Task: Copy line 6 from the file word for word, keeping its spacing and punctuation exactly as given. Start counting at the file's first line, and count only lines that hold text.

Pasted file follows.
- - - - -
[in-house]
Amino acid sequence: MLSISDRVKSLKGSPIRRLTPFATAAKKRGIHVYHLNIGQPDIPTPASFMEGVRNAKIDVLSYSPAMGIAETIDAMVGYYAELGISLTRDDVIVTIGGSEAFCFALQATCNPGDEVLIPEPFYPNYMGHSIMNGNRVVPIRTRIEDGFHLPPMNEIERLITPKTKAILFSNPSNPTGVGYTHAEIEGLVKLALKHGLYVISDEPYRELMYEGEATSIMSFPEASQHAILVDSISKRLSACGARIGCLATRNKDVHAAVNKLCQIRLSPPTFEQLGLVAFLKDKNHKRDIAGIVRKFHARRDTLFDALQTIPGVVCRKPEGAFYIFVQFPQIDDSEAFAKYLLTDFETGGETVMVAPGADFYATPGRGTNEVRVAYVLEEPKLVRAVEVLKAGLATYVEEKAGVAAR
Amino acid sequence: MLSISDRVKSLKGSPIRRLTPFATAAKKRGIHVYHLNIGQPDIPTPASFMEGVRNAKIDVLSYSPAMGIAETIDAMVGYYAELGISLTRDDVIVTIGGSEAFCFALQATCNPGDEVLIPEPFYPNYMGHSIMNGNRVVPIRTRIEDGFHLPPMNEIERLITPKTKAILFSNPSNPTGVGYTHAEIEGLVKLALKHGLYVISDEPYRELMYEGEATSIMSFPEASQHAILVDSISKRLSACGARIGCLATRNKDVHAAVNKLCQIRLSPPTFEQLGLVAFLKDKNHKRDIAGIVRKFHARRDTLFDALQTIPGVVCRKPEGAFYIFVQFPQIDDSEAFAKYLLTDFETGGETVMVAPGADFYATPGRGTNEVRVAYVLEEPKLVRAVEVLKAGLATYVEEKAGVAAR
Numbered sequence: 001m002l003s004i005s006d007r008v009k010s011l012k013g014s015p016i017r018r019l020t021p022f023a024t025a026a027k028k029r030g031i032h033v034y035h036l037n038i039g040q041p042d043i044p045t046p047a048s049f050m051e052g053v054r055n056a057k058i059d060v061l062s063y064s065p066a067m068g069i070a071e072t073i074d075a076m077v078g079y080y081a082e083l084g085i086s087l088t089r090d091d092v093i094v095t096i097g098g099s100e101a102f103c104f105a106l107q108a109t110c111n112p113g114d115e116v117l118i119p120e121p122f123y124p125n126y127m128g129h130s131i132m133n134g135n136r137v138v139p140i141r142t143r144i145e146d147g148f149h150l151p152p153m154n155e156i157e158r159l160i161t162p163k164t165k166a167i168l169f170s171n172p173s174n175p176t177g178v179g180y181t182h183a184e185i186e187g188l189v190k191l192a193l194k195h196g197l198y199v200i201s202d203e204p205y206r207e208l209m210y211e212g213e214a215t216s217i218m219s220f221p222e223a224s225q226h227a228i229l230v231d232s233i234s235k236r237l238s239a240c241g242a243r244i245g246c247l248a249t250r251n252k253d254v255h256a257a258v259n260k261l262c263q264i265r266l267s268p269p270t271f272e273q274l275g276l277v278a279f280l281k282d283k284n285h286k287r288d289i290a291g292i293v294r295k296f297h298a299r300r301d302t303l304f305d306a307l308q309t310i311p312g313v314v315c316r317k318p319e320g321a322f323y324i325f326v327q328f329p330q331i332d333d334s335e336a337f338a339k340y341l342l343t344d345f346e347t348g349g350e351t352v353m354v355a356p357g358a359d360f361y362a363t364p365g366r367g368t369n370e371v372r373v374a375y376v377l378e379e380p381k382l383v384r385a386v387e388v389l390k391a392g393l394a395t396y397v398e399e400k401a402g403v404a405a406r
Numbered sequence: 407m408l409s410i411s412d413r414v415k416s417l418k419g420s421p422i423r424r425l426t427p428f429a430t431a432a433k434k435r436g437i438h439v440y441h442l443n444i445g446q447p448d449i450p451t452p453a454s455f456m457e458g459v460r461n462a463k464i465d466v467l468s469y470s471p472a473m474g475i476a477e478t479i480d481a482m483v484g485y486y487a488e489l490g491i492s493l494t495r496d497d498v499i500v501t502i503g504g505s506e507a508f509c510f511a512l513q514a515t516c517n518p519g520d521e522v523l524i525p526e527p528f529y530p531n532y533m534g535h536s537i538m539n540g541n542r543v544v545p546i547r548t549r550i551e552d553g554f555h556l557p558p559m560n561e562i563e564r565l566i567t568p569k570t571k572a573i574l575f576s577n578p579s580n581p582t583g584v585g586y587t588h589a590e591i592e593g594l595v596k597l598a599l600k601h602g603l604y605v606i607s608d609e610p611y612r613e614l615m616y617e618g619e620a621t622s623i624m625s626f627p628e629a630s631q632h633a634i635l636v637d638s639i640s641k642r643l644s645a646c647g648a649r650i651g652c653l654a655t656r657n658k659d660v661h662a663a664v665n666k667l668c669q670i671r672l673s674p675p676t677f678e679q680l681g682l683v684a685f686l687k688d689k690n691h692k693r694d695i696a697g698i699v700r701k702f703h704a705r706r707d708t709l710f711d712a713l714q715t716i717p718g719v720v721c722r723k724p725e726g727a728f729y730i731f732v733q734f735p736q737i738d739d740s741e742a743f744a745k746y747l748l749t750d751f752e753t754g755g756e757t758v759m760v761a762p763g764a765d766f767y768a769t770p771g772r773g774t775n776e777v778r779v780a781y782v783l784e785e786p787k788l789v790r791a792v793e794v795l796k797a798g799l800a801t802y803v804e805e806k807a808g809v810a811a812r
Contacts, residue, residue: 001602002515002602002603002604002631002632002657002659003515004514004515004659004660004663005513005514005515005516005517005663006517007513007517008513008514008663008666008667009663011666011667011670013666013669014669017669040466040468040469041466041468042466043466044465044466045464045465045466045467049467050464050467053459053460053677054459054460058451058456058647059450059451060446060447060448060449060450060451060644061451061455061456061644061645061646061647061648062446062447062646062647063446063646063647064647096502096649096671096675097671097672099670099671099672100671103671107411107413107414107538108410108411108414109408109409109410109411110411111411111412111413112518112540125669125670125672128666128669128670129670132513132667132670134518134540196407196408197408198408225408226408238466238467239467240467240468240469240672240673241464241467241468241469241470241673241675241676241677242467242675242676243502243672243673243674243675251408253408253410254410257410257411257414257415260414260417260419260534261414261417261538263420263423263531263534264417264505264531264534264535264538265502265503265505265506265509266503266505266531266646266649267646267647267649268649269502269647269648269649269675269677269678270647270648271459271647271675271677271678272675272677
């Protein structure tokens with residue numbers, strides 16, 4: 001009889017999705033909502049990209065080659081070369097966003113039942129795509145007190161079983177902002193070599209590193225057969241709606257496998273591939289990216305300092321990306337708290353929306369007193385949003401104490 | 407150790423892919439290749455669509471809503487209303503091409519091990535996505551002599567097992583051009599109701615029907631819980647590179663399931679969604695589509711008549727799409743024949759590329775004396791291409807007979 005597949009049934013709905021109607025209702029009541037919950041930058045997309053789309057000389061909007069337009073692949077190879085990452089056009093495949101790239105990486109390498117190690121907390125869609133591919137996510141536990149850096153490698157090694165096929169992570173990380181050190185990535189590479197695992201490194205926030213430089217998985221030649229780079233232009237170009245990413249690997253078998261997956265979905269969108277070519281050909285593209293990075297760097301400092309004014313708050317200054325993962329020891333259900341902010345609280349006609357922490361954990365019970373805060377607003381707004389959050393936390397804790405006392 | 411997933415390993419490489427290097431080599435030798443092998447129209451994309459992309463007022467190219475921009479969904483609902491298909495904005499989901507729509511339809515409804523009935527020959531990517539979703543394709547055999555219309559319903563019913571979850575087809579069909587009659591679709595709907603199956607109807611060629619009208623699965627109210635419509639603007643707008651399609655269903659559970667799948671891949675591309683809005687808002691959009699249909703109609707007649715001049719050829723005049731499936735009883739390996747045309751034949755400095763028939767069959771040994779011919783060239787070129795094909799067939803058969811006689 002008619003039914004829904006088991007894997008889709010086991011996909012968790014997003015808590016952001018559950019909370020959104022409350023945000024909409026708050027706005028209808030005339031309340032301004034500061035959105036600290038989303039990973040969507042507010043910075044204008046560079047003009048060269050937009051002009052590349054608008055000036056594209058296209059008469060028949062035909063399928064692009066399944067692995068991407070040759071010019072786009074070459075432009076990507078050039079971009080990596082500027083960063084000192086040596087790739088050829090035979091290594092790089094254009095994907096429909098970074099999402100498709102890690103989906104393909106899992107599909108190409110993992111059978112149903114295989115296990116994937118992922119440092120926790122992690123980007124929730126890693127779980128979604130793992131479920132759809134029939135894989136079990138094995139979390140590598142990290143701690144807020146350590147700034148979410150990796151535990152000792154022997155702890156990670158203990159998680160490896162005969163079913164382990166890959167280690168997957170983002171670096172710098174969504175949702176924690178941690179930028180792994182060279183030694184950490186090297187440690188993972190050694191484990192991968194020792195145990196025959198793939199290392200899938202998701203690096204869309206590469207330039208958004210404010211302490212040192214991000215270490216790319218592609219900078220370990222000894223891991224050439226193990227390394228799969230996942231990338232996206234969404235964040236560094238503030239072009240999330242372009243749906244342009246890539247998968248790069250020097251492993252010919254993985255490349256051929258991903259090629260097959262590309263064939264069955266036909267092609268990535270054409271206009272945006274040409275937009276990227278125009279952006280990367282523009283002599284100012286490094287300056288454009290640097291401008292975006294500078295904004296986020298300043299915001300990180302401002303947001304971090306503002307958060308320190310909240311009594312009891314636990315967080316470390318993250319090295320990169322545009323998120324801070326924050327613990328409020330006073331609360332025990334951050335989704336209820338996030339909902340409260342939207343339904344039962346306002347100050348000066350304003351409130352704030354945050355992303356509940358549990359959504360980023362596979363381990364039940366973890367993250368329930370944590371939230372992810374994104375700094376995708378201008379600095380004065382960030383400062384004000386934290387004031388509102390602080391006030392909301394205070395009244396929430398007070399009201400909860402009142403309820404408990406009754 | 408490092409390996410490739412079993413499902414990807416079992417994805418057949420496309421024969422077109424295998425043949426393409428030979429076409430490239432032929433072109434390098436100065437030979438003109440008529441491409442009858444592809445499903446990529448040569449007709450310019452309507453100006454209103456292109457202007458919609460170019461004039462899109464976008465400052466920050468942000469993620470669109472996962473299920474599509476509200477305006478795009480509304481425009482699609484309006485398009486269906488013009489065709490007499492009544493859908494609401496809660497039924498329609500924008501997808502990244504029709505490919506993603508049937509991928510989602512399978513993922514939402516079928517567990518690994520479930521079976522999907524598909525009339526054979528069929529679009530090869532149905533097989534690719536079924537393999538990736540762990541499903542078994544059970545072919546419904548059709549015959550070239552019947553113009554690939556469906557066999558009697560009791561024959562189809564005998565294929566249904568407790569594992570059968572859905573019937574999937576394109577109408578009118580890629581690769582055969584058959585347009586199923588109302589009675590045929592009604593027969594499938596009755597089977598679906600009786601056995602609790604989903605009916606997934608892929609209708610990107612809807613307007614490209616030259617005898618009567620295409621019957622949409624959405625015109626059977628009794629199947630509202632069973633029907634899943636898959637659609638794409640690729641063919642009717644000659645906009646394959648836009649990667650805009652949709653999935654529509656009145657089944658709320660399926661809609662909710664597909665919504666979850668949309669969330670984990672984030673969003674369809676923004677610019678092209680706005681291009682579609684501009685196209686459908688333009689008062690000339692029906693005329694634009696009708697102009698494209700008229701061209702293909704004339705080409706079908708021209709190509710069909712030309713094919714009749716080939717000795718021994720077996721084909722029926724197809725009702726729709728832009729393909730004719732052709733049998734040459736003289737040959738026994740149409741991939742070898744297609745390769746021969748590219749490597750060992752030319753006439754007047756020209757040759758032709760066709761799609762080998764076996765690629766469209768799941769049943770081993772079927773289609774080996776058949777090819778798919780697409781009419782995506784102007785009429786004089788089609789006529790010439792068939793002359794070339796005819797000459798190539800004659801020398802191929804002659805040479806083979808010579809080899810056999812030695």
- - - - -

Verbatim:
Contacts, residue, residue: 001602002515002602002603002604002631002632002657002659003515004514004515004659004660004663005513005514005515005516005517005663006517007513007517008513008514008663008666008667009663011666011667011670013666013669014669017669040466040468040469041466041468042466043466044465044466045464045465045466045467049467050464050467053459053460053677054459054460058451058456058647059450059451060446060447060448060449060450060451060644061451061455061456061644061645061646061647061648062446062447062646062647063446063646063647064647096502096649096671096675097671097672099670099671099672100671103671107411107413107414107538108410108411108414109408109409109410109411110411111411111412111413112518112540125669125670125672128666128669128670129670132513132667132670134518134540196407196408197408198408225408226408238466238467239467240467240468240469240672240673241464241467241468241469241470241673241675241676241677242467242675242676243502243672243673243674243675251408253408253410254410257410257411257414257415260414260417260419260534261414261417261538263420263423263531263534264417264505264531264534264535264538265502265503265505265506265509266503266505266531266646266649267646267647267649268649269502269647269648269649269675269677269678270647270648271459271647271675271677271678272675272677